When consumers are deciding to purchase items, the question of how credible the companies are comes into play. Consumers turn to a variety of sources when it comes to determining how credible the product’s brand is. Some of those sources are consumer reports, friends, radio news, network television, news articles, and the Internet. Everyone is different and depending on your level of education, one has the right to determine what sources are believable, somewhat believable, or not believable at all.

Another study done by the American Association of Retired Persons (AARP) closely relates to the information sources chosen by consumers, and that is also their level of vulnerability. Their research found that a large number of consumers are vulnerable to advertisements that are fraudulent or deceptive.

Many reasons contribute to consumers who are taken advantage of by deceptive advertising or fraudulent claims. These include factors such as what level they conduct their business, what behavioral patterns they have, their attitudes, and their level of education. The AARP study was conducted with participants from the older group aged 65 years or more and the group of younger consumers aged 18 to 64. They analyzed the group with the vulnerability index, the lowest score being zero for low vulnerability and the highest score being 29 for a high vulnerability, and they found that the older consumers were more affected by deceptive advertisements.

In one survey, the AARP found 21 percent of those aged 75 or older and 11 percent of those aged 65 to 74 had a high vulnerability index. In addition, those with a low vulnerability index were only 5 percent of those aged 75 or older and almost zero with those who were 65 and under.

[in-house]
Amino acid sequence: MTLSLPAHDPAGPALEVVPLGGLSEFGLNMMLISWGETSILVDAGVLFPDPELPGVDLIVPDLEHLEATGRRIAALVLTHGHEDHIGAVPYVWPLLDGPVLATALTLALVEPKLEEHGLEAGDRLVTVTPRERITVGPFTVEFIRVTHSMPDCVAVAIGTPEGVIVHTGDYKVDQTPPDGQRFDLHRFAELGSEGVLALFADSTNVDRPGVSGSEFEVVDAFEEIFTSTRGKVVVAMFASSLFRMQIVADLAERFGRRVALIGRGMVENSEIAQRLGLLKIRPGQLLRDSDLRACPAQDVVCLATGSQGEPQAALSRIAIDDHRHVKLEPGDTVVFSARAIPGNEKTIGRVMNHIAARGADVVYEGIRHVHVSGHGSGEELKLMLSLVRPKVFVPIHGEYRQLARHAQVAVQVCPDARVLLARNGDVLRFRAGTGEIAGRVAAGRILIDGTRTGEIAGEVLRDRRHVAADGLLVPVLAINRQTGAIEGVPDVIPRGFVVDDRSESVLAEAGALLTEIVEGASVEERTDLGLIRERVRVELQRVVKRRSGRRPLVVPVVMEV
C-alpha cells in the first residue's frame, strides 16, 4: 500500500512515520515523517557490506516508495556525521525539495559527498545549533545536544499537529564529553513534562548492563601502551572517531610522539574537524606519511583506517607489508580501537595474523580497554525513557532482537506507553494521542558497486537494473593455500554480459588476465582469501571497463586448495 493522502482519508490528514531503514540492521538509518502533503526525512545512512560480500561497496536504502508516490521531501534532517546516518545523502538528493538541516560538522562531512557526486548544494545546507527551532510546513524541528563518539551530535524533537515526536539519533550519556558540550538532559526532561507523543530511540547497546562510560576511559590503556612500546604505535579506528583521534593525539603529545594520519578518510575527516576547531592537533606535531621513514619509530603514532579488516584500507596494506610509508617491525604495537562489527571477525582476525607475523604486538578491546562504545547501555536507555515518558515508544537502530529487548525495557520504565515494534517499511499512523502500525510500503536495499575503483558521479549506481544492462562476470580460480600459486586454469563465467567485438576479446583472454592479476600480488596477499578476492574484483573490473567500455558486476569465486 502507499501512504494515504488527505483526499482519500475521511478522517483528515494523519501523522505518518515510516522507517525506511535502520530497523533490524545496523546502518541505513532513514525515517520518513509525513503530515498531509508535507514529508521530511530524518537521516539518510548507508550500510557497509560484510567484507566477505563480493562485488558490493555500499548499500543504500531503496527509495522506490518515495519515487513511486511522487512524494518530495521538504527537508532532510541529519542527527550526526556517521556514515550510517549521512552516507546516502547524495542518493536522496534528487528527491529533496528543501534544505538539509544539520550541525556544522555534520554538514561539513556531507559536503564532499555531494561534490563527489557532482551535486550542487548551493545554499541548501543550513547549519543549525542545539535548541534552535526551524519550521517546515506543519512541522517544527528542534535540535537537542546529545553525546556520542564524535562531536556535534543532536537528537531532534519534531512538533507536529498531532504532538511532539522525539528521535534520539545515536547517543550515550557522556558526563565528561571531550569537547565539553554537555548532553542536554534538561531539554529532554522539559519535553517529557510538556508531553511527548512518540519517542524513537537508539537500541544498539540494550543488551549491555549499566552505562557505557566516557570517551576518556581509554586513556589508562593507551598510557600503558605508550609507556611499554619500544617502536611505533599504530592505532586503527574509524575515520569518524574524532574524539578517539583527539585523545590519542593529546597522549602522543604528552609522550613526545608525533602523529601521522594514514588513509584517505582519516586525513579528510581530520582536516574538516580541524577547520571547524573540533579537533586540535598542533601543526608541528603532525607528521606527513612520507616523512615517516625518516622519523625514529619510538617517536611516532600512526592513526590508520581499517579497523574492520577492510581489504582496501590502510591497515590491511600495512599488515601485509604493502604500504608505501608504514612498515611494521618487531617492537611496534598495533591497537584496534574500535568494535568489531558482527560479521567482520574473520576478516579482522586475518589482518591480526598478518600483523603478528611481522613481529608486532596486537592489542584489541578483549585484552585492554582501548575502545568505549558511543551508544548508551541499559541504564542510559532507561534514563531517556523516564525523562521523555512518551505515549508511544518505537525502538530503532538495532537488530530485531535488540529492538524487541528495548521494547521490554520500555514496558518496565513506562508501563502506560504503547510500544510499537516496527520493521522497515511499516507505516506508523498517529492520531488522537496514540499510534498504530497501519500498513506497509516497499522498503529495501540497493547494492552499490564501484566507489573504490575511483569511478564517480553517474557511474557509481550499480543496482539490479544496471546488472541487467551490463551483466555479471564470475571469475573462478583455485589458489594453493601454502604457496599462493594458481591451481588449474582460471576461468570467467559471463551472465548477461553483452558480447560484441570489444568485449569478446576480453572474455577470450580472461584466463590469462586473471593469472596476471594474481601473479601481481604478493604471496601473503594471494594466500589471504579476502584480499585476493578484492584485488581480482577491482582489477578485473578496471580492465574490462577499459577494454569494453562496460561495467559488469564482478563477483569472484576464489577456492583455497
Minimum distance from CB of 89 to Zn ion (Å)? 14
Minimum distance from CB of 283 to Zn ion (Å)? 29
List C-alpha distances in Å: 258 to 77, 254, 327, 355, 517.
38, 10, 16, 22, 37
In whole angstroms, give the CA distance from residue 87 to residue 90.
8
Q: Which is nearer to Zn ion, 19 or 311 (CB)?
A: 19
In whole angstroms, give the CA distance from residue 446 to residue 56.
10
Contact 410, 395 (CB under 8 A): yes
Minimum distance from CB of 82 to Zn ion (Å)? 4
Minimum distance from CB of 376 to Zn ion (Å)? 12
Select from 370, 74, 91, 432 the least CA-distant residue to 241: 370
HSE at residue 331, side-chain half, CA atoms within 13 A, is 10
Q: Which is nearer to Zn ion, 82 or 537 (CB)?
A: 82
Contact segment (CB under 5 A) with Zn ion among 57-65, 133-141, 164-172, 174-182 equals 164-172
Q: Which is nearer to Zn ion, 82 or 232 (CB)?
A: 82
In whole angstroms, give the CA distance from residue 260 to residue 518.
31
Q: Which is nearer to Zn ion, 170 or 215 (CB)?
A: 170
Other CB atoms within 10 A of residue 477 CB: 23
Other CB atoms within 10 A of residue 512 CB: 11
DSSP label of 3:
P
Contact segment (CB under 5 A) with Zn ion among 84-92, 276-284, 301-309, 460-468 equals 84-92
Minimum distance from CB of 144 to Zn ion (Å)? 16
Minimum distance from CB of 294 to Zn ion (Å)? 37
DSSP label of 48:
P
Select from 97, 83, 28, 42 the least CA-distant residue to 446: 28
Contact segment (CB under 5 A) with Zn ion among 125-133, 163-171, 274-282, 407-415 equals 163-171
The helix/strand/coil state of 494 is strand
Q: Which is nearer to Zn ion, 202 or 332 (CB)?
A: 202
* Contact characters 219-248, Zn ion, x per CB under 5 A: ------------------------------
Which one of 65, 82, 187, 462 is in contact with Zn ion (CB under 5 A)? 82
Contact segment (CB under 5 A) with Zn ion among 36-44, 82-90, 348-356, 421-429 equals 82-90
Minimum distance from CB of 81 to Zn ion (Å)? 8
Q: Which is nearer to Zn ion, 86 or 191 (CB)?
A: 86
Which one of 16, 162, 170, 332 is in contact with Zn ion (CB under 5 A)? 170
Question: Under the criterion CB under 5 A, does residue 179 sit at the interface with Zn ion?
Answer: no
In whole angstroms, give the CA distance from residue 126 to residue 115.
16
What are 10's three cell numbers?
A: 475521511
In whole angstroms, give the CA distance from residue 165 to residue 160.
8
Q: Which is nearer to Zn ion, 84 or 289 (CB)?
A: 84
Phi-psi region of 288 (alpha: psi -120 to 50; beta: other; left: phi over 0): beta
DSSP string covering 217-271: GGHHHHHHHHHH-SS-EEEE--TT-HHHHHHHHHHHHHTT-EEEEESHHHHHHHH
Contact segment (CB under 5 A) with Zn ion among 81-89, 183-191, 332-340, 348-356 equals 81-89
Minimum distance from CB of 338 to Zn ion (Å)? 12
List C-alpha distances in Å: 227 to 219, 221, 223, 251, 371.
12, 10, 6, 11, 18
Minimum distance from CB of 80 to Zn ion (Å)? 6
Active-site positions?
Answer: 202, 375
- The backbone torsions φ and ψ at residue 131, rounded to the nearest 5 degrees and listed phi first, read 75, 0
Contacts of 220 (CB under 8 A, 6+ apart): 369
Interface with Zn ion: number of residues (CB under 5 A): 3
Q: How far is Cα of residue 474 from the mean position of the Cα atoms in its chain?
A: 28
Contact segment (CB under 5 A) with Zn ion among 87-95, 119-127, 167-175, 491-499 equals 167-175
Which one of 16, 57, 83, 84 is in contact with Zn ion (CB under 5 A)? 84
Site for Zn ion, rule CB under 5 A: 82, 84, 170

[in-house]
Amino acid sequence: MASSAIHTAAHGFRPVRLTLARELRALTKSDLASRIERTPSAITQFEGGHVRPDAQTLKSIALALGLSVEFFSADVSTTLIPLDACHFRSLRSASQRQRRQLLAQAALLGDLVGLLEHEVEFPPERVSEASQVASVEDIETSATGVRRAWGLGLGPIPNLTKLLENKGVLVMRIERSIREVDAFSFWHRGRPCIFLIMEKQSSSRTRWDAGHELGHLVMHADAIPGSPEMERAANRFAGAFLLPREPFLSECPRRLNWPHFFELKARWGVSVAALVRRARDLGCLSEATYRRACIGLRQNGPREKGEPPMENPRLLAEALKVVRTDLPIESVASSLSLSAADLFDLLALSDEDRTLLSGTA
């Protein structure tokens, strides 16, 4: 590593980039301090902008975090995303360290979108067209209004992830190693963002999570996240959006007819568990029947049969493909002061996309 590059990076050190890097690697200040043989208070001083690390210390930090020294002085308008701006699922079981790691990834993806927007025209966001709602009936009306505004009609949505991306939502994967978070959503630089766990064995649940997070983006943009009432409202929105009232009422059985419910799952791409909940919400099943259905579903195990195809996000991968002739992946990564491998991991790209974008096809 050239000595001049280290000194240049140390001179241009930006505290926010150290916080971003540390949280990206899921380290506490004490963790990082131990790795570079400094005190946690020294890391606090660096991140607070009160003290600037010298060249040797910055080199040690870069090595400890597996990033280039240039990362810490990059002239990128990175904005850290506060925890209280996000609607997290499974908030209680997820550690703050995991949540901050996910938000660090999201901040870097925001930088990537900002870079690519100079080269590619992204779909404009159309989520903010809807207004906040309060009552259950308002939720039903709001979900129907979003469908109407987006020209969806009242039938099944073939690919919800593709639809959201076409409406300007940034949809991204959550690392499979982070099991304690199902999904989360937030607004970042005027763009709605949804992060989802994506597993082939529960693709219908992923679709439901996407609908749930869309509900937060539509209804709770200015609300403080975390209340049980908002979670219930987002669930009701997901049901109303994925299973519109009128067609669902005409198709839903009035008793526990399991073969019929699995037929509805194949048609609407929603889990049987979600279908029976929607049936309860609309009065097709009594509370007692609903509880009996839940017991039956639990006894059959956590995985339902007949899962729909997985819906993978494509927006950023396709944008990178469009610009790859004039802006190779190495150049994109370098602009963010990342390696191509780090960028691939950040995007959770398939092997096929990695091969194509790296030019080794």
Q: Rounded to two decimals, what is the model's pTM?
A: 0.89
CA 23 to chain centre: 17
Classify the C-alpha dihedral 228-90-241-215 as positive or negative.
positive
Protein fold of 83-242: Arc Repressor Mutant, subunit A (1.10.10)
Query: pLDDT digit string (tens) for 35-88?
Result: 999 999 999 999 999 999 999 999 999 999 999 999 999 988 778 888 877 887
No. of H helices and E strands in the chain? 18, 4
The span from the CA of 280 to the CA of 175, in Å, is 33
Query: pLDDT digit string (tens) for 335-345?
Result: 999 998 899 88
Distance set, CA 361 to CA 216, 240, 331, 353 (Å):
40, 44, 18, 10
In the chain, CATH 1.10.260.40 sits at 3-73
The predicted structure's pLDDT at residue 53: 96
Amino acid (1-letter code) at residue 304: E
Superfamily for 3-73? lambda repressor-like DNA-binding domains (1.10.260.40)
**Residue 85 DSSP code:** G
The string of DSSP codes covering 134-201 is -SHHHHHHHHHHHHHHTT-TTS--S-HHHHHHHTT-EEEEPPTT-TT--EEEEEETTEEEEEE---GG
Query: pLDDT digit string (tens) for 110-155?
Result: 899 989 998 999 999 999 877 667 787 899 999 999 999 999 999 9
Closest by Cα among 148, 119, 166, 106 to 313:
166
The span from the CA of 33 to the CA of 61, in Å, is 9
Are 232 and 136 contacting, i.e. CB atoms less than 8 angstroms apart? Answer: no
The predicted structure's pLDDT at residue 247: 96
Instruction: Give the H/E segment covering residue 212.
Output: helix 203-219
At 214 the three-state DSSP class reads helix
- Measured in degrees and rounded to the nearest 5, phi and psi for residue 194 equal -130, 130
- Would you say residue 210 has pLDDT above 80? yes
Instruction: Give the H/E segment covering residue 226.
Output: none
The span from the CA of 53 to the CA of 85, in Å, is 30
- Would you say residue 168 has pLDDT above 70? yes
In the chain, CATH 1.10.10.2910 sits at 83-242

As marketers begin trying to appeal to their audience, they also have to take into consideration whether or not consumers will be satisfied with their products. The AARP found that 82 percent of consumers in their survey were not satisfied with their purchases in at least one instance. Meanwhile, researchers found that the younger consumers had more complaints and were more adamant in doing something about the problem versus those over 65.

Advertisers have found it nearly impossible to appeal to everyone since Americans are very diverse in their expectations of brands and products. Most advertisers now turn to a variety of information sources to determine whether their products are successful. Once marketers have received feedback on their products, they begin to market them to the appropriate audience.



2 Responses to “Article Review: Consumer Behavior Statistics”

  1. comment number 1 by: Article Review: Consumer Behavior Statistics · AARP, Discounts, Baby Boomers, Seniors, Health, Travel, Financial Planning, Family

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  2. comment number 2 by: Arjun

    The articles that you reviewed to write this article are more than 5 years old. All of your statistics are inaccurate because this information changes yearly. I am certain the in 2008, more than 13 percent of people used the Internet to make educated decisions about shopping.